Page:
Science Proves That Cats Are Good For Your Health

Science Proves That Cats Are Good For Your Health

Do you have a cat? Is the recent Internet craze around cats and toxo freaking you out, too? It got me spooked for a minute. Then I remembered there are all kinds of reasons why I do own -and adore- my little feline fluffball and, as it turns out, there are a lot of great reasons why being a cat owner is good for my health.

Despite all of the recent concern around toxoplasmosis (check out this article for more information about why you needn’t worry), owning a cat confers major health benefits. Just how major, you might ask? Cat ownership can help your cardiovascular system, reduce your risk of stroke, boost your immune system, reduce allergy and respiratory problems, lower blood pressure, cholesterol and triglycerides, and heal bones and muscles. This is all in addition to the feel-good benefits of cat ownership: reducing stress, depression and anxiety, easing loneliness, improving your mood and the like. Check out the science:

Improve your cardiovascular system.

A 10-year long study involving 4,000 Americans by the University of Minnesota revealed that cat owners had a 30% decreased risk of death by heart attack compared to non cat owners. Even the lead researcher conducting the study, Dr. Adnan Qureshi, himself an owner of a cat named Ninja, was surprised by the size of the reduction in risk.
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Reduce your risk of stroke.

The same study also showed that owning a cat reduced the risk of having a stroke by one-third. Even when researchers took account of other factors known to trigger heart disease, including high cholesterol levels, smoking and diabetes, cat owners still cut their risks by one-third.

Increase your immunity.

Cat owners boost their immunity by bringing pleasure into our lives, which does more than simply reduce stress and anxiety -though those are also wonderful side effects. An increase in pleasure also improves immune function by producing an antibacterial peptide, enhances the killer instincts and abilities of various immune components, including B cells, T cells, NK cells, and immunoglobulins, and enables certain immune cells to secrete their own endorphins as a way of improving their disease-fighting capacity.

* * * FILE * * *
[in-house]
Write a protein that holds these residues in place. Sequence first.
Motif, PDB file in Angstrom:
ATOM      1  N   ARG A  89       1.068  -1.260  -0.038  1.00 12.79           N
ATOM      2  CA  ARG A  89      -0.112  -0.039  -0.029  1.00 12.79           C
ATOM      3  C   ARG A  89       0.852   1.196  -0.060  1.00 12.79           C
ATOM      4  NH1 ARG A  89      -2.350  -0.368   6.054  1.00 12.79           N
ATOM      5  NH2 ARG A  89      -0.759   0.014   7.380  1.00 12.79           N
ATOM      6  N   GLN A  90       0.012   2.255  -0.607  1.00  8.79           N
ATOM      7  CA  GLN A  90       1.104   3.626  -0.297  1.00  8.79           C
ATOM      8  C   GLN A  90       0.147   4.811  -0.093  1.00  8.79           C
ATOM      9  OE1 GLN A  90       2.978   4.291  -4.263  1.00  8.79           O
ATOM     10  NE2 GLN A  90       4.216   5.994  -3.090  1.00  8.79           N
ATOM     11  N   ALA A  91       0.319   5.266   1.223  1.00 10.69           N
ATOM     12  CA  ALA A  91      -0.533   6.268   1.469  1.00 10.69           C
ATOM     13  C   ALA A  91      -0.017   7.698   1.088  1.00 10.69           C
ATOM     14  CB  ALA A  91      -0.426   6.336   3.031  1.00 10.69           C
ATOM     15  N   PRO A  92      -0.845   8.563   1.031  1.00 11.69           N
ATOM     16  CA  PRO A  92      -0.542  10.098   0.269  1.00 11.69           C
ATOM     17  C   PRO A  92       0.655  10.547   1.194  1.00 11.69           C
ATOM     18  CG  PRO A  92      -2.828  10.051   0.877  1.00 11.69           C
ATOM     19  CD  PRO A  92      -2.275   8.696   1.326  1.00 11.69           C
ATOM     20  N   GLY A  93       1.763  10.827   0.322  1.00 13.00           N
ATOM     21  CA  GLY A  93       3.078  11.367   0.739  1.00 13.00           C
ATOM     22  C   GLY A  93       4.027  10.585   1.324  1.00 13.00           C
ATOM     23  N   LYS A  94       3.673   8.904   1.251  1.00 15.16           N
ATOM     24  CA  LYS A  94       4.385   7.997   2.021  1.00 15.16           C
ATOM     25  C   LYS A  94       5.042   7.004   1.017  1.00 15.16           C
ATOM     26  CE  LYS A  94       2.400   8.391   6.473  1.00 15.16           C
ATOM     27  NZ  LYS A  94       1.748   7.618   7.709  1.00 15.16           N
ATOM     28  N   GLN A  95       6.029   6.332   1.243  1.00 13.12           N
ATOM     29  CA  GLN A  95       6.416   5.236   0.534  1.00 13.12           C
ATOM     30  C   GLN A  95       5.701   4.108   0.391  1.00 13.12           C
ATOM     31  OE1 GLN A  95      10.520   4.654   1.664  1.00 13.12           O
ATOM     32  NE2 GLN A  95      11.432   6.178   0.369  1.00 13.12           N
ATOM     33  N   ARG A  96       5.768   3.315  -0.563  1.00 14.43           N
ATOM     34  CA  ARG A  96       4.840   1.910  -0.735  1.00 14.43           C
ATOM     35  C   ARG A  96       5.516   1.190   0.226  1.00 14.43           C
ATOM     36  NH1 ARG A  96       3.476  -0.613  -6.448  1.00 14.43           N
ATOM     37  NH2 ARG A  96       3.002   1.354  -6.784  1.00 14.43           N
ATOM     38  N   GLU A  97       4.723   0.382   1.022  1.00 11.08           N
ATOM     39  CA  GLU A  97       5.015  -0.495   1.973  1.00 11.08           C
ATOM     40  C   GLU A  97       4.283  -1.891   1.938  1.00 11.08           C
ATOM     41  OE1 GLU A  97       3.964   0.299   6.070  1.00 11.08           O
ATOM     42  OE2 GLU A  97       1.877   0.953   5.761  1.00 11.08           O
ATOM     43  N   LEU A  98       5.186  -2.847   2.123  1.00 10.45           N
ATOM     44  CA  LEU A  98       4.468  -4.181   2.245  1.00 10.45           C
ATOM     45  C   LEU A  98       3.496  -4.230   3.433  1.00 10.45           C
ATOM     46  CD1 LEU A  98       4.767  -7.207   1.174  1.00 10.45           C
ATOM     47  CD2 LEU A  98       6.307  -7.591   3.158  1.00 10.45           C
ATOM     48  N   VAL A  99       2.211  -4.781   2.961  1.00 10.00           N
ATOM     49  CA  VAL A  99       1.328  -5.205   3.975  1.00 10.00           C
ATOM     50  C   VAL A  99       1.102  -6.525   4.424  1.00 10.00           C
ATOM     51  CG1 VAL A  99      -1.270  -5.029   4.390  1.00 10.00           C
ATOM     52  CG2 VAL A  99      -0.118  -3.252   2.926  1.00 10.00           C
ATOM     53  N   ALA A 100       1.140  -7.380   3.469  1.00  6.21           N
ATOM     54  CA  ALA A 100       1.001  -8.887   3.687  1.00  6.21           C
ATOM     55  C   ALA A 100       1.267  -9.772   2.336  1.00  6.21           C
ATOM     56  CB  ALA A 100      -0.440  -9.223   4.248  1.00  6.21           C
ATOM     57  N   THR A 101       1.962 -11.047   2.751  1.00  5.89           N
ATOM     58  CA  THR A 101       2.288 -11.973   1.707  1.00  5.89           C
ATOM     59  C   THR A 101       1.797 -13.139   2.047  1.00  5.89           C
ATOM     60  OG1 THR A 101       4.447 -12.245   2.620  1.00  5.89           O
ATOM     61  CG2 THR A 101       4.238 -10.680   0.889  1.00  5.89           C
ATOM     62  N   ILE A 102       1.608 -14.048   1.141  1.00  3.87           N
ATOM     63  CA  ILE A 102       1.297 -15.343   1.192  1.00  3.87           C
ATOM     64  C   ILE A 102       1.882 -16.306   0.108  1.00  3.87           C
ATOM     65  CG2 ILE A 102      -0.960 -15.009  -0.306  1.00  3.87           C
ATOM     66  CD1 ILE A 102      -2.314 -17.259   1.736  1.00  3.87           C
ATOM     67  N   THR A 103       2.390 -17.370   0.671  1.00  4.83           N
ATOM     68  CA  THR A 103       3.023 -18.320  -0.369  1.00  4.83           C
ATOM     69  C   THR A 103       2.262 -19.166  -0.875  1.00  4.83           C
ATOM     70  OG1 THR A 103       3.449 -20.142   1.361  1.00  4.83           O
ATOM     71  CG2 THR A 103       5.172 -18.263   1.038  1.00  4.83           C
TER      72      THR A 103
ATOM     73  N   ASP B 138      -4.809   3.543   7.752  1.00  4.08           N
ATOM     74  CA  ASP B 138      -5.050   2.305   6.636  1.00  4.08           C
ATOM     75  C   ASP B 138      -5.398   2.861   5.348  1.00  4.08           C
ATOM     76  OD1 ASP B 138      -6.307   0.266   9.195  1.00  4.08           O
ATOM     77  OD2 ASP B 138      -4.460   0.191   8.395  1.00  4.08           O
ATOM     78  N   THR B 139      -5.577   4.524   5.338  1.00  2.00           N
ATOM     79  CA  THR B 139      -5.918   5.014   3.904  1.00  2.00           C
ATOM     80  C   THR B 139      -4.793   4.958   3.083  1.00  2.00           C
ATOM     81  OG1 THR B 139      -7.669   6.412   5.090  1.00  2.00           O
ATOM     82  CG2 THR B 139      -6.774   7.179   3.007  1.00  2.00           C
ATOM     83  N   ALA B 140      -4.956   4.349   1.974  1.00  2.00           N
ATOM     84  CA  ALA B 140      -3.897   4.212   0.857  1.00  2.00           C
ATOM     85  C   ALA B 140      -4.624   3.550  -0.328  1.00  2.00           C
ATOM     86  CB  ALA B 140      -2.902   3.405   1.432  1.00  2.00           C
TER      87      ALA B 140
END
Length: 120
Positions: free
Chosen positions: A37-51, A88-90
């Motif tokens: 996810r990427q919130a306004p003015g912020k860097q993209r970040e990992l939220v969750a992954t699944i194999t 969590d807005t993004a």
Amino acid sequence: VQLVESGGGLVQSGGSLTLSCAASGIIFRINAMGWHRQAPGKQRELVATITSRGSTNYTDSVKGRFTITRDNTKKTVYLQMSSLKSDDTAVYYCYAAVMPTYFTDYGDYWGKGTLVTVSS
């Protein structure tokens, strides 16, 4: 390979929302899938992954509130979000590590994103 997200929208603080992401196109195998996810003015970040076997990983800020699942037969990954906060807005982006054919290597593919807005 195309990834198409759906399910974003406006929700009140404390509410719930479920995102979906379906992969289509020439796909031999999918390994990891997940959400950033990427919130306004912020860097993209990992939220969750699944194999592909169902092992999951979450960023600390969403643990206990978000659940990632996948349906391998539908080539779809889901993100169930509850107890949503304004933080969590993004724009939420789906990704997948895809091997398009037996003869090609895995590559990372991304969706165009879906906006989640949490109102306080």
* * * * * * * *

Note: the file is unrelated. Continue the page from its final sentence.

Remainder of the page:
Reduce allergy and respiratory problems.

How many times have you offered your feline furball to a friend only to have them back away, protesting “I’m allergic!” It’s likely that they didn’t grow up around pets. Studies have shown that children raised around pets and/or livestock are more likely to develop immunity to pet allergies…and the earlier the exposure, the better. Even later in life, regular exposure to pet allergens can reduce sensitivity to them.

Lower your blood pressure.

Your blood pressure can be easily lowered by taking part in calming activities. Petting or stroking a purring cat is one of those activities that is inherently calming, often to both you and the animal.

Lower cholesterol and triglycerides.

The American Heart Association attests to the fact that cat ownership helps to lower triglyceride and cholesterol levels.
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Heal bones and muscles.

This one was particularly interesting to me. Cats purr at frequencies between 25 and 140 Hz, which are the same frequencies that are therapeutic for bone growth and fracture healing, inflammation and pain reduction, swelling reduction, wound healing, muscle growth and repair, tendon repair, and mobility of joints. According to a study conducted by Fauna Communications, feline purring could actually improve human healing functions in this regard.

Given all of the various ways science has proven that cat ownership is good for you, don’t you think it’s time you go get yourself a little bundle of purring fluff and jump on the road to greater well-being? You can start your search right here.

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